Baseball is supposed to be fun. Baseball is supposed to be an escape from the real world. Baseball is supposed to make you think, feel, laugh, and get excited about things that don’t matter at all. It’s supposed to give you something to look forward to on a Wednesday night in May. Baseball is supposed to be a form of escapism. But it’s hard for baseball to be that avenue of escape when it provides you no actual relief from your real life issues. When things on your favorite baseball team are falling apart just as fast as things are in real life, it’s harder to view the game as a distraction. Instead, baseball becomes almost symbolic of your life, and you begin to draw parralels between the two. And then you remember that everything is really awful and there’s truly nothing to feel good about, ever.
Sorry, I’ll be okay. Give me a minute.
Hey, I have an idea to make us feel better. Let’s look at some funny old headlines:
Ha! Aren’t those just so FUNNY?!
Well, now it’s May 25, and that “great” Mets bullpen has been ripped to shreds. And last night, Terry Collins pulled Robert Gsellman after six solid innings and only 84 pitches, even though he knows he only has two decent relievers right now. They were still winning 5-3 at that point, but Fernando Salas—who has gotten ample time off lately and is still somehow overused—loaded the bases in the seventh for Wil Myers, the Padres’ best threat. And in this extremely high-leverage situation, Collins called to the bullpen for none other than Neil Ramirez, the guy with an ERA over 10.
He could’ve gone to Jerry Blevins, but he was unavailable because he had pitched in a blowout the day prior for no reason. He could’ve gone to Addison Reed, but he was being saved for a save situation that never came. He could’ve gone to Josh Smoker, but he was being saved for a spot start on Saturday, because the Mets don’t have a starter for that game, becuase they went into the season with Rafael Montero as their sixth starter and decided not to address the problem until it became a dire issue. He could’ve gone to Paul Sewald, but he had also been overworked in blowouts lately. He could’ve gone to Rafael Montero, but the object is to win baseball games.
So it was up to Neil Ramirez. It took him all of two pitches to give up a booming two-RBI double that tied the game at five; it was mere inches from being a grand slam. Then Josh Edgin came into pitch, and he got out of the inning. But then he was pulled for no reason after that to give way to Smoker, who apparently is not starting on Saturday now. Smoker pitched the eighth inning and got absolutely pantsed by Hunter Renfroe on a 440-foot solo shot into the second deck to give the Padres the 6-5 lead.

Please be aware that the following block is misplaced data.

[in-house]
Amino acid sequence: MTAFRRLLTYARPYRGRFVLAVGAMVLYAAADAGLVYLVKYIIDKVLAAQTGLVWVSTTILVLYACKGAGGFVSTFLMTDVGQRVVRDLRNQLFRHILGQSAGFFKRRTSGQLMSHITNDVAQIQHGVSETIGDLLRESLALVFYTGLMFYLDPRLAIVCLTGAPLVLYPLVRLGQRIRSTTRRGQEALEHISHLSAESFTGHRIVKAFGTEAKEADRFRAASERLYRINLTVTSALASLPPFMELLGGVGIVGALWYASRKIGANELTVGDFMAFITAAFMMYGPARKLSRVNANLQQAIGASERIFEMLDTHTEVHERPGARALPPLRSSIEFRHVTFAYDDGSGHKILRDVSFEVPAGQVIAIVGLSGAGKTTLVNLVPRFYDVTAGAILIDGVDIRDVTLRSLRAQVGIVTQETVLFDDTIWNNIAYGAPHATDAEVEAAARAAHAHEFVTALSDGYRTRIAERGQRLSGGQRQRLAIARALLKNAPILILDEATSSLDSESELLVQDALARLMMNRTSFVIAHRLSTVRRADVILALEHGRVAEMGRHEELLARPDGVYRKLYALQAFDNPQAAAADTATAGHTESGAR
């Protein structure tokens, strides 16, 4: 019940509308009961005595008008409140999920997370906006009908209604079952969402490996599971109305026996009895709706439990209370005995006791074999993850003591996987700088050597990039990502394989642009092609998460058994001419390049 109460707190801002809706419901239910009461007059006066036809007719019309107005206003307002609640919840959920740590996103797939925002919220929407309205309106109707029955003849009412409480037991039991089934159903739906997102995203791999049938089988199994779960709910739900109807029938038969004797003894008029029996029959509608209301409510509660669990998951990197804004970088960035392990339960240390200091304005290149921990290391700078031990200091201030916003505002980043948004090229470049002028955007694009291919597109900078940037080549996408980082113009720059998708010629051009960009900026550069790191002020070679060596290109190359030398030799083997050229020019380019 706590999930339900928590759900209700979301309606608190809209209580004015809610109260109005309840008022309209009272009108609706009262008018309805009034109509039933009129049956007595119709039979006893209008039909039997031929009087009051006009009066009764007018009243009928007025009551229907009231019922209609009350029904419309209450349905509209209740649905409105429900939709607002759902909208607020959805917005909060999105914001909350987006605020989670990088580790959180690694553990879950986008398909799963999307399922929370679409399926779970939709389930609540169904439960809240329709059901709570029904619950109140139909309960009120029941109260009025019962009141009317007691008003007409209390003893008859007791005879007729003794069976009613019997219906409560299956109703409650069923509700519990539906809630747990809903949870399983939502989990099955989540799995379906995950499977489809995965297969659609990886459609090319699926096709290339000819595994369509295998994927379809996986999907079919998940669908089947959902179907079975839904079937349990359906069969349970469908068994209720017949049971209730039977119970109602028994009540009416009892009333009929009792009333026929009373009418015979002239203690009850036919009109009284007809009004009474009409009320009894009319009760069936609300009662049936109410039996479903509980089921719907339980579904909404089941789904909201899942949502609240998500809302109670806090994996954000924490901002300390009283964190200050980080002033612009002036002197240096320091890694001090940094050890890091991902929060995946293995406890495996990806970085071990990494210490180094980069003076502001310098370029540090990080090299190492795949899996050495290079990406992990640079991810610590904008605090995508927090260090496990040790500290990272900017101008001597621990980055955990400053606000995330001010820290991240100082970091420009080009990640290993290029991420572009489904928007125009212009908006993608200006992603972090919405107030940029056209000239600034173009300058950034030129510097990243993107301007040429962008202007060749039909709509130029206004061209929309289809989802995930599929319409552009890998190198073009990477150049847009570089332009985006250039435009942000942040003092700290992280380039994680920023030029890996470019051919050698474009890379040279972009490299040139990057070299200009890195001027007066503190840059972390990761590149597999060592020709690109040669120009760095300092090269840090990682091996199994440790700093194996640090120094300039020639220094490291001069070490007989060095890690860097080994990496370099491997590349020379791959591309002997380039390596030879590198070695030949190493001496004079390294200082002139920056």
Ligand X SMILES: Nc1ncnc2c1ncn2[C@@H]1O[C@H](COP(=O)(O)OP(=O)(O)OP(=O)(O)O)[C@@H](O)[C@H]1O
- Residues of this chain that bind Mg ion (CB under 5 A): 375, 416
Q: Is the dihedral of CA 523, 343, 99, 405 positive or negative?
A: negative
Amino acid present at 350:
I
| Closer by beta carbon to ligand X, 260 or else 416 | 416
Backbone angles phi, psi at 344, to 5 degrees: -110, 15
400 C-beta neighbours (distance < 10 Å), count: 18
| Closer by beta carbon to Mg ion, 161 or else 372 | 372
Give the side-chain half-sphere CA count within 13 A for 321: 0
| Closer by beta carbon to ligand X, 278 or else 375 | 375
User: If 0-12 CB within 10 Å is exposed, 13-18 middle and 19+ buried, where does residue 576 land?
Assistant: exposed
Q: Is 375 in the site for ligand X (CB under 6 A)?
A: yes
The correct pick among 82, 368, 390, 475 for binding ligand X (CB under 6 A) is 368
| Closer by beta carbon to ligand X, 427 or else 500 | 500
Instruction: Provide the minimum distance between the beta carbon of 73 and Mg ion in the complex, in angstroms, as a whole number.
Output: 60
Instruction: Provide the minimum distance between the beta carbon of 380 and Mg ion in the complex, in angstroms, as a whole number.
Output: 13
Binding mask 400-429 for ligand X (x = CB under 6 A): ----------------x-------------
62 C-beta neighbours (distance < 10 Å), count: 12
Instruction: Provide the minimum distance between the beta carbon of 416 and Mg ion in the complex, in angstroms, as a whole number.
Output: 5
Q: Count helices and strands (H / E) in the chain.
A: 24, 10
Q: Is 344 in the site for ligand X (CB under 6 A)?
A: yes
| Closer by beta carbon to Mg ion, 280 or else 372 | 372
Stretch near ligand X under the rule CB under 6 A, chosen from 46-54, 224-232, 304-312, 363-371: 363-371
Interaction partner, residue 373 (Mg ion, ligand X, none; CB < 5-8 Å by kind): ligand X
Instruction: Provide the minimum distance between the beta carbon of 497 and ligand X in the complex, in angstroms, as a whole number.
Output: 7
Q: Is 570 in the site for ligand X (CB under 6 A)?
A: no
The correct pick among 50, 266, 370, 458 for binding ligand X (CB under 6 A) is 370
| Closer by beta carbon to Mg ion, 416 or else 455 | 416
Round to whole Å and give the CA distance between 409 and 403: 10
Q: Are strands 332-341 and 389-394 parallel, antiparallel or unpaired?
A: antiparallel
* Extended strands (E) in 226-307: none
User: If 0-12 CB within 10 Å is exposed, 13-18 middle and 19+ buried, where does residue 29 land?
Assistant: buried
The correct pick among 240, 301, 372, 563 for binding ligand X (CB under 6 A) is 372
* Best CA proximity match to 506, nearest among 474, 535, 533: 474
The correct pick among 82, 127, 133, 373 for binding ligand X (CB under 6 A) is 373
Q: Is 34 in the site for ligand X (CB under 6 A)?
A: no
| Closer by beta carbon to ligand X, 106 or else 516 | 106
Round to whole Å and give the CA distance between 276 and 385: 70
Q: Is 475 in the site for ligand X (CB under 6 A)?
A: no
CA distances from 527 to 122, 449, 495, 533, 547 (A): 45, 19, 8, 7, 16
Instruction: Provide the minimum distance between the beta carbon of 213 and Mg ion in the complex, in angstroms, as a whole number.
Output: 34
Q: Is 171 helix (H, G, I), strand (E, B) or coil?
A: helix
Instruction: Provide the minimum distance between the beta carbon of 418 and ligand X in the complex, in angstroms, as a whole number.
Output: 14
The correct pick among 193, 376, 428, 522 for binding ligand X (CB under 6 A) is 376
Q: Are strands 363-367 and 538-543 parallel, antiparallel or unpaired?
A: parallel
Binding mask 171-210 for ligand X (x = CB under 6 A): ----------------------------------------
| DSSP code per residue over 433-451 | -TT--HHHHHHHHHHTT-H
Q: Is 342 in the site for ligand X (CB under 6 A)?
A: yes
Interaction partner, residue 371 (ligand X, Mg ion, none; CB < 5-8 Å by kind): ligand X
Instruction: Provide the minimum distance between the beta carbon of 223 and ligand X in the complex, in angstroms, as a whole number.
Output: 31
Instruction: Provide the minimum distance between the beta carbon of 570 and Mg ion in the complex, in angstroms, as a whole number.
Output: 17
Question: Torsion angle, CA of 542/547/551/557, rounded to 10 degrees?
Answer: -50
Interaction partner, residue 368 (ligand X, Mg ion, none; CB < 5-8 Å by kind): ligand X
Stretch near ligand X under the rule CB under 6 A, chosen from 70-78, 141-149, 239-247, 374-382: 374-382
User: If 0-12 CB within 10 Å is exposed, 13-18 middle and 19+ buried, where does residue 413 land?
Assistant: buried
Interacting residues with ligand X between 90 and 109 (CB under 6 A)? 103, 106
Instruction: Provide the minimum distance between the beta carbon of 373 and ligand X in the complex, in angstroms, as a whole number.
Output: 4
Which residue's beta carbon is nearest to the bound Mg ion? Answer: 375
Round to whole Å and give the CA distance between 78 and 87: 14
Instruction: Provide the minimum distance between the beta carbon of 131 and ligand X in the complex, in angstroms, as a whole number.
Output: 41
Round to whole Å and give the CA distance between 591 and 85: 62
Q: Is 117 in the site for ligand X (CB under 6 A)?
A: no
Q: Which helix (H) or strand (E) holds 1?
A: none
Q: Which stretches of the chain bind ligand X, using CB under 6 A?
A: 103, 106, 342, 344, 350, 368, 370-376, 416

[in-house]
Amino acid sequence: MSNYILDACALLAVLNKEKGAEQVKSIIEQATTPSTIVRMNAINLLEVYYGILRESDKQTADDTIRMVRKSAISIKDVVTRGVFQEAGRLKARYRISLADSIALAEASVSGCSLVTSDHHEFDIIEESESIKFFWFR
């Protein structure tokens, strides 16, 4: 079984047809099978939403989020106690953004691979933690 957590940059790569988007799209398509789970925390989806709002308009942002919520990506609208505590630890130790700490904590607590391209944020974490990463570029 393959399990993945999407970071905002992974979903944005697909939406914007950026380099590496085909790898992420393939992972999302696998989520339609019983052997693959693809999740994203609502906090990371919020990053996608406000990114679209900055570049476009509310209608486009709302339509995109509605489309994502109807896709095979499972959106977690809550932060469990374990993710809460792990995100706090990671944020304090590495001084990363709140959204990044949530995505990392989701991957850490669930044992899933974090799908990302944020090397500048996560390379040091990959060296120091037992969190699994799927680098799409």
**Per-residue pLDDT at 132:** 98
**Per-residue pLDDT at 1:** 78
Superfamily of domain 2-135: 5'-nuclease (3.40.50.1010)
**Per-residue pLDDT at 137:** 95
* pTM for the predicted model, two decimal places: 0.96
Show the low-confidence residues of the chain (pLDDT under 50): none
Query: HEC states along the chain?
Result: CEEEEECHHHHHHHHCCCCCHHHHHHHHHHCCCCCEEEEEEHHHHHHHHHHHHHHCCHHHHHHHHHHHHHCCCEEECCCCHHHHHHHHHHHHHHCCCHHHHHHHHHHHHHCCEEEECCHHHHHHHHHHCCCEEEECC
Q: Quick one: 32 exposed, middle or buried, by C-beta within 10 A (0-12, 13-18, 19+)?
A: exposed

The Mets almost came back in the ninth against Padres’ closer(?) Brad Hand, loading the bases with nobody out. But Curtis Granderson and Rene Rivera would both strike out, and Juan Lagares flied out to end the game.
The Mets lost to the worst team in baseball by a score of 6-5. They lead 5-1 at one point. Then it was 5-3. Then Neil Ramirez and Josh Smoker pitched. Then they lost. I think I’m supposed to feel something. I’m pretty sure it’s supposed to be one or more of anger, frsutration, sadness, or even numbness. Perhaps these are the emotions other fans are feeling. But personally, I feel nothing. Probably because the Mets did not deserve to win this game. When Neil Ramirez is pitching a high leverage inning, you don’t deserve to win that game, nor do you deserve to be a winning team at all.
The Mets deserve to be where they are right now. And unless they make wholesale changes, they are not even close to a postseason team. Not with this bullpen.
Maybe it’s just easier if you only think about Michael Conforto. Yeah, just keep thinking about Michael Conforto. There’s your escape.
OTHER NEWS OF THE DAY
The Mets activated Travis d’Arnaud from the disabled list and placed Tommy Milone on the 10-day DL with a left knee sprain.
In Milone’s absence, Smoker was likely going to get a four-inning start on Saturday, but after his work tonight that may not be so certain. The start could still go to Montero, or even call up Tyler Pill from Triple-A Las Vegas to make a start. Boy, pitching depth sure is a hell of a thing isn’t it.
Jay Bruce was out of last night’s game due to back stiffness. He is hoping to return tonight.
The Mets play the rubber game of the series against the Friars, as Jacob deGrom goes against Dinelson Lamet, who will be making his MLB debut, and has an excellent name. First pitch is scheduled for 7:10 p.m.
Photo credit: Andy Marlin – USA Today Sports